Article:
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Most stocks have four expiration months depending on which cycle they have been assigned to. With more and more options products being demanded, many more heavily traded securities also have weekly and LEAPS associated with them. On October 8th, 2012, I noticed that Apple Computer (AAPL) had 10 expirations listed:

· October 12, 2012 (Weekly)

· October, 20, 2012 (Cycle 1)

· November 17, 2012 (Cycle1)

· December, 22, 2012 (Special Program)

· January 19, 2013 (Cycle 1)

· February 16, 2013 (Special Program)

· April 20, 2013 (Cycle 1)

· June 22, 2013 (Exchange decision based on consumer demand)

· July 20, 2013 (Cycle 1-additional)

· January 18, 2014 (LEAPS)

· January 17, 2015 (LEAPS)

I have indicated the four months associated with a normal cycle 1 security. The three more months with a weekly and two LEAPS make sense. The June 2013 expiration is a non-traditional expiration added by the exchanges due to consumer demand. Today's article will focus in on the December 2012 and February 2013 expirations.

When studying our option trading basics, we learn that most stock options have four expiration cycles. Some securities also have long-term options (LEAPS) as well as weekly and quarterly expirations. Some of our members have noticed that there are certain actively-traded securities that have additional expiration months in addition to the ones we are already familiar with. This is a result of the Additional Expiration Months Pilot Program.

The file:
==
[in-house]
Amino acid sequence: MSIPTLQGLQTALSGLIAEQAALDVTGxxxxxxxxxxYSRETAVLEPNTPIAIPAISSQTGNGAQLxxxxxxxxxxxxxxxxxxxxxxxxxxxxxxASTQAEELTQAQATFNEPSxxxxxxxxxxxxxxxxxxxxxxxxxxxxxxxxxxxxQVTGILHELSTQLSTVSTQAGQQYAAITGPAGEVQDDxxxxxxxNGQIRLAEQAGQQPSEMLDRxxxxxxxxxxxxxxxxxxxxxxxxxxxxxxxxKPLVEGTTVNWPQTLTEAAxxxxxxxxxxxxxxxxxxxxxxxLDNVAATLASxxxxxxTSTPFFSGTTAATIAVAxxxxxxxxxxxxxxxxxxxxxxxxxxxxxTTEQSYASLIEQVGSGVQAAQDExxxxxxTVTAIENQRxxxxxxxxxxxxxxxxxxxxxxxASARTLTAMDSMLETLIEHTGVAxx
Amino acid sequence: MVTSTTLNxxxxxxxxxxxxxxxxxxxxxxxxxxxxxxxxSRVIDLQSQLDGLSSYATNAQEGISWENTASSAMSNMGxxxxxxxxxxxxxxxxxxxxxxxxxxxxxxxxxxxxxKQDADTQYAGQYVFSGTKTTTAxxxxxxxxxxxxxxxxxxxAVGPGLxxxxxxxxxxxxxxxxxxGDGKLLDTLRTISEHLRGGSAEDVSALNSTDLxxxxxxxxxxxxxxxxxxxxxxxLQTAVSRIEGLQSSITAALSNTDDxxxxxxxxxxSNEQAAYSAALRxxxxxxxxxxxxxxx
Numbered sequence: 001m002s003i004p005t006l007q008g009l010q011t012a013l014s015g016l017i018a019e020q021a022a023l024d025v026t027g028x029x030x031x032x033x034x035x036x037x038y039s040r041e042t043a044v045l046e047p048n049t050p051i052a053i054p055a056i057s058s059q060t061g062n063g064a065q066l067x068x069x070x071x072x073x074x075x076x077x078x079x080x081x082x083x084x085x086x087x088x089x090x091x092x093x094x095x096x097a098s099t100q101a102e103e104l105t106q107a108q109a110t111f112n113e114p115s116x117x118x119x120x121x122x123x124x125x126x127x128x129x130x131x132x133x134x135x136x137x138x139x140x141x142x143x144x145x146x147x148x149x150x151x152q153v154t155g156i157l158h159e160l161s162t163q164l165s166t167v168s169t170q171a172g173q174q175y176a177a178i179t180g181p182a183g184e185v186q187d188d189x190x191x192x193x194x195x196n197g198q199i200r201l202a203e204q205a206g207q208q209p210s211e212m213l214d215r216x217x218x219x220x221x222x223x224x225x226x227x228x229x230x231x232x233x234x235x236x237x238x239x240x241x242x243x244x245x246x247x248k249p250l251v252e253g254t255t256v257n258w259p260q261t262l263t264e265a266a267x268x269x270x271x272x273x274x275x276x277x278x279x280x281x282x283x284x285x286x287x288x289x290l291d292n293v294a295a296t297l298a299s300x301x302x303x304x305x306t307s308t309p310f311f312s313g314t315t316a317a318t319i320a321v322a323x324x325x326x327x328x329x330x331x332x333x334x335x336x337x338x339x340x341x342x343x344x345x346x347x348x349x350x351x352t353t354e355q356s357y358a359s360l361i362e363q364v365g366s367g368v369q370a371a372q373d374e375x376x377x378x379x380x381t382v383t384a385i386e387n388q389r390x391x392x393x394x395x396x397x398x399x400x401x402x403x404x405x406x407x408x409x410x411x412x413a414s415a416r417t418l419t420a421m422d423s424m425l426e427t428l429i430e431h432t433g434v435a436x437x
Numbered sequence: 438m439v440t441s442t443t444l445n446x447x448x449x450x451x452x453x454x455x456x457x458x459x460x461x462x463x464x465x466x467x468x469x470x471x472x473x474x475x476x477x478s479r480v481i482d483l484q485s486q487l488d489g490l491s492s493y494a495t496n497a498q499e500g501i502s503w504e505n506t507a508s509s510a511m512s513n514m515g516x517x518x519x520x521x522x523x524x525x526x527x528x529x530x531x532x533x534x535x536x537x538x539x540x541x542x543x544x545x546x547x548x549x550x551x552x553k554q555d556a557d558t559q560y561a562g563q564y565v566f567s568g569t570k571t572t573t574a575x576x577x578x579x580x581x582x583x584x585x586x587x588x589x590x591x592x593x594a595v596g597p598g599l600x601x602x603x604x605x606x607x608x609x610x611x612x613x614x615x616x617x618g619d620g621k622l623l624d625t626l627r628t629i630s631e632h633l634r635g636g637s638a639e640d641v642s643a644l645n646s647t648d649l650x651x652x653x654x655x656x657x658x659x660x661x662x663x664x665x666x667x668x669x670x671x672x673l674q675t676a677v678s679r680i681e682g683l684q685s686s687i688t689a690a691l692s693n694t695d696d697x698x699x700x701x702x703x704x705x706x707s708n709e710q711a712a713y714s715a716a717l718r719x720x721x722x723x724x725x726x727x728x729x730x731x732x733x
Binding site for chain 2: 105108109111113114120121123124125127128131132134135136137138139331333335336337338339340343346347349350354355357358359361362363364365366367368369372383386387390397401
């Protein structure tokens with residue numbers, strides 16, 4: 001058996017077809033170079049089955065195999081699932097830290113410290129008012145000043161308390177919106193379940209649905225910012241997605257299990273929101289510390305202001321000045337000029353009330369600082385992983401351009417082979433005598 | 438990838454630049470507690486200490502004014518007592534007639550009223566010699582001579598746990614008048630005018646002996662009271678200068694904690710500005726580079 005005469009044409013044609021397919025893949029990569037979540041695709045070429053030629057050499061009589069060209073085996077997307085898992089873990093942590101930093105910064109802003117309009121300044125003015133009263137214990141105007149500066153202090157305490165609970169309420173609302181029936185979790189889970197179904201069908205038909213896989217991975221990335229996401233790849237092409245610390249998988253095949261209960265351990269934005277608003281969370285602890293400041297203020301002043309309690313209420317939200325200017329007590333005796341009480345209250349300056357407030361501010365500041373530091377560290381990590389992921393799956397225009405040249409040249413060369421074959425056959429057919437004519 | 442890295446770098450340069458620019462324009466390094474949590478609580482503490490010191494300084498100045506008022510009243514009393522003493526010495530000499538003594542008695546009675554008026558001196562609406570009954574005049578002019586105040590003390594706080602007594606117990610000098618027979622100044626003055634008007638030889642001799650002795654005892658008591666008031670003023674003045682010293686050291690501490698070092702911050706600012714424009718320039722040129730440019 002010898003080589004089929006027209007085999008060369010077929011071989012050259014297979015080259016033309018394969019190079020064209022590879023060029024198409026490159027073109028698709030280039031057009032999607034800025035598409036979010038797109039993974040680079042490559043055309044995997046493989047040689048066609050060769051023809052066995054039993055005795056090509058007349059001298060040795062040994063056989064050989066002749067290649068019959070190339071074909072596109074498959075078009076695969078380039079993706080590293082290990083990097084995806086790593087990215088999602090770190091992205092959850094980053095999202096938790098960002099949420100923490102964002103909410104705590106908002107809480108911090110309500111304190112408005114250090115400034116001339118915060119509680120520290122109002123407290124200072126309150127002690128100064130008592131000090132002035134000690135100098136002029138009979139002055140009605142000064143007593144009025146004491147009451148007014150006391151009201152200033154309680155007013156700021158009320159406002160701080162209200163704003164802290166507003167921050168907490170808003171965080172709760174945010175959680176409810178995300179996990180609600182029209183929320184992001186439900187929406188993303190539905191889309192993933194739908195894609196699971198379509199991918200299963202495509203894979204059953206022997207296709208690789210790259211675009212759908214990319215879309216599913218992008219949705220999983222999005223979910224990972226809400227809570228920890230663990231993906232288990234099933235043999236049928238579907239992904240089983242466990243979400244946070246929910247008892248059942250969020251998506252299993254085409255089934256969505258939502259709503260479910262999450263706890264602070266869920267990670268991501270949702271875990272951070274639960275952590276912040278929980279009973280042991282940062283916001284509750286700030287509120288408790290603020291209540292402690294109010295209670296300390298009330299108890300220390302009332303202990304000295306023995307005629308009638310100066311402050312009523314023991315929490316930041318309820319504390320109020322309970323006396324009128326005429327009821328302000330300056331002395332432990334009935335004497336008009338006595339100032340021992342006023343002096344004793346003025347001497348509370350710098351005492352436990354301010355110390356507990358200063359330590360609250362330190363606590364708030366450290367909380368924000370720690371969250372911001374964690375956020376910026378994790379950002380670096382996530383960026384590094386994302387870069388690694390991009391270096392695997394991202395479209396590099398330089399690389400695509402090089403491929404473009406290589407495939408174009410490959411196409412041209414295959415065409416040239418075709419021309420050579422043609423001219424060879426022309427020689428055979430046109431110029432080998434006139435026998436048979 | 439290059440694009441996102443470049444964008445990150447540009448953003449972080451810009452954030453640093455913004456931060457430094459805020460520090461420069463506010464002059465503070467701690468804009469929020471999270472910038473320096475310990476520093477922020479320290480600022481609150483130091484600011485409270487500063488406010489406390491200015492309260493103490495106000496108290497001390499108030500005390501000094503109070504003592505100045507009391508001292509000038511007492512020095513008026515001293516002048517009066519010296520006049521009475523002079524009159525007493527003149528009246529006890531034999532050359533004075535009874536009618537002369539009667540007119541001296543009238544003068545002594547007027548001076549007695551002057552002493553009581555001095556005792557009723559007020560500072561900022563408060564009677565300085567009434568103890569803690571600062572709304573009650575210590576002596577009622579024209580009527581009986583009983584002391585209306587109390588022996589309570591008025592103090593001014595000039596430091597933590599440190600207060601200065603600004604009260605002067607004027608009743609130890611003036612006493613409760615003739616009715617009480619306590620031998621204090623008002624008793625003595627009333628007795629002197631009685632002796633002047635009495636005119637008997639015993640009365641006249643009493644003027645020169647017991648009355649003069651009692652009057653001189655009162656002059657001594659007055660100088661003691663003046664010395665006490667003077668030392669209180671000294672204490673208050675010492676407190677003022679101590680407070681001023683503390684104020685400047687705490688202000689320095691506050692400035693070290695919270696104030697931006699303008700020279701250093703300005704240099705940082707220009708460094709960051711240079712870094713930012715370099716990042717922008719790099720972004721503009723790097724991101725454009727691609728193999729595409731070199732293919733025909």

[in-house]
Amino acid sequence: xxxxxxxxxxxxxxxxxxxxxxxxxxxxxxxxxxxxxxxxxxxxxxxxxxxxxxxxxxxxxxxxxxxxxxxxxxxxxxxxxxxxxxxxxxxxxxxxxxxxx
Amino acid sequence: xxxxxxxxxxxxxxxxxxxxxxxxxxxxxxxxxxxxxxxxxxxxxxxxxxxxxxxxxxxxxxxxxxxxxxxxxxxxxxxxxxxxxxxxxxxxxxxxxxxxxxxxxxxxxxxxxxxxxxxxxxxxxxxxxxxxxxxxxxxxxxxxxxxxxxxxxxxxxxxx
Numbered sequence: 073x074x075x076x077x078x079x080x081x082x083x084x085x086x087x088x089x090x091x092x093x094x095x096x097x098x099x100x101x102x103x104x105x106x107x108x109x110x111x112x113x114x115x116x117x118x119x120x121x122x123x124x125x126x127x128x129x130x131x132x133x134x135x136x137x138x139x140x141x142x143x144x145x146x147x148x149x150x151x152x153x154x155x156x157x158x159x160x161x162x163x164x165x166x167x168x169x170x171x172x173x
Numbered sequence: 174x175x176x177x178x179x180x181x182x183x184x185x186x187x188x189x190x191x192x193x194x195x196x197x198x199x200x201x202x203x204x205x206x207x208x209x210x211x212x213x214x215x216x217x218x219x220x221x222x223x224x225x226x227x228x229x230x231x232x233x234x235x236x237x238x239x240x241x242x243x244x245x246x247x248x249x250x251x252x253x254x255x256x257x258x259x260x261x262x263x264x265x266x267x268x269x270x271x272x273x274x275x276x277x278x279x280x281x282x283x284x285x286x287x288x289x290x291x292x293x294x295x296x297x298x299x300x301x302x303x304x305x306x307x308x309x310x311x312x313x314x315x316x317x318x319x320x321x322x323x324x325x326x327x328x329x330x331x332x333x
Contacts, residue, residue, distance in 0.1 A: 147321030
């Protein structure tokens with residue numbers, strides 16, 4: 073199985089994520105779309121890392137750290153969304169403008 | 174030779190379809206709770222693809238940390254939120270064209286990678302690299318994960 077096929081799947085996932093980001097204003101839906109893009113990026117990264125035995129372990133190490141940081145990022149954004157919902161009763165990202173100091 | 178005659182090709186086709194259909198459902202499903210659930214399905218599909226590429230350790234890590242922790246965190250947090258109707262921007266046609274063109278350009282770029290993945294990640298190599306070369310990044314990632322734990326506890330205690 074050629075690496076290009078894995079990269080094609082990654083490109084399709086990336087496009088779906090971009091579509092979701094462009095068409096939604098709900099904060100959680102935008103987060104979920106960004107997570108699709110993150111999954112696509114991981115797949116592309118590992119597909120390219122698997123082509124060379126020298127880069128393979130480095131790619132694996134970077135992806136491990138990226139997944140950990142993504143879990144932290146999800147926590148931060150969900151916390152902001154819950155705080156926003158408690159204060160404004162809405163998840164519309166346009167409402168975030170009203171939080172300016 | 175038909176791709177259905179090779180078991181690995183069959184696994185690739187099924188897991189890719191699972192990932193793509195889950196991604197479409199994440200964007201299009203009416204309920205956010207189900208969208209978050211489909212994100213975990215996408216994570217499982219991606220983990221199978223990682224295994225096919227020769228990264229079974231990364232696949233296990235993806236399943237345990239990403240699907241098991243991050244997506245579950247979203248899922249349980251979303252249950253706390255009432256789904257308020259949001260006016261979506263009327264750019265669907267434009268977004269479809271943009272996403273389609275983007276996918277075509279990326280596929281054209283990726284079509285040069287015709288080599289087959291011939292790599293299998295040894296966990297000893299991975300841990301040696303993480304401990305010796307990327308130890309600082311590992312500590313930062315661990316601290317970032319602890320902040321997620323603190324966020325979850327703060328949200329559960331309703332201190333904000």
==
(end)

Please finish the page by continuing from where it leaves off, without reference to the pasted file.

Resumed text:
On November 1, 2010, after receiving SEC approval, the International Securities Exchange introduced additional expiration months on 20 actively-traded option classes on a pilot basis. These securities have a total of six different expiration months aside from any LEAPS series. The result will be that a selected issue will always have four consecutive near-term months as well as two more based on its expiration cycle. For example, after a November expiration, a stock on the January cycle (1st month of each quarter) would typically have expiration months available for December, January (the two near-term months); April and July (the two more from the January cycle). As a result of the Pilot Program, February and March expirations are added.

Once the December contracts expire, the October series is added as part of the January cycle (1st month in the 4th quarter) and so the available expirations would look like this (four consecutive + two more):

  • January
  • February
  • March
  • April
  • July
  • October

Below are the 20 classes selected for the pilot along with the expiration month(s) that will be added.

Symbol

Additional Months

AAPL

Feb, July

BAC

Aug

C

Feb

CSCO

Feb, July

EEM

Feb

F

Feb

GE

Feb

GLD

Feb

INTC

Feb, July

IWM

Aug

JPM

Feb

MSFT

Feb, July

PFE

Feb

QQQ

Feb

RIMM

Feb

SPY

Feb

T

Feb, July

VALE

Feb

VZ

Feb, July

XLF

Feb

Now when Blue Collar Investors view an options chain and see six expiration months or more instead of four, we know it was selected for the Additional Expiration Months Pilot Program. In October of 2011, this pilot program was retired. I spoke with Market Data Control at the ISE and was informed that even though the pilot program has been retired the ISE still generates the additional expiration months for the original list of twenty. They do not anticipate this list to expand to more securities.

Source: Covered Call Writing: Stock Options With Additional Expiration Months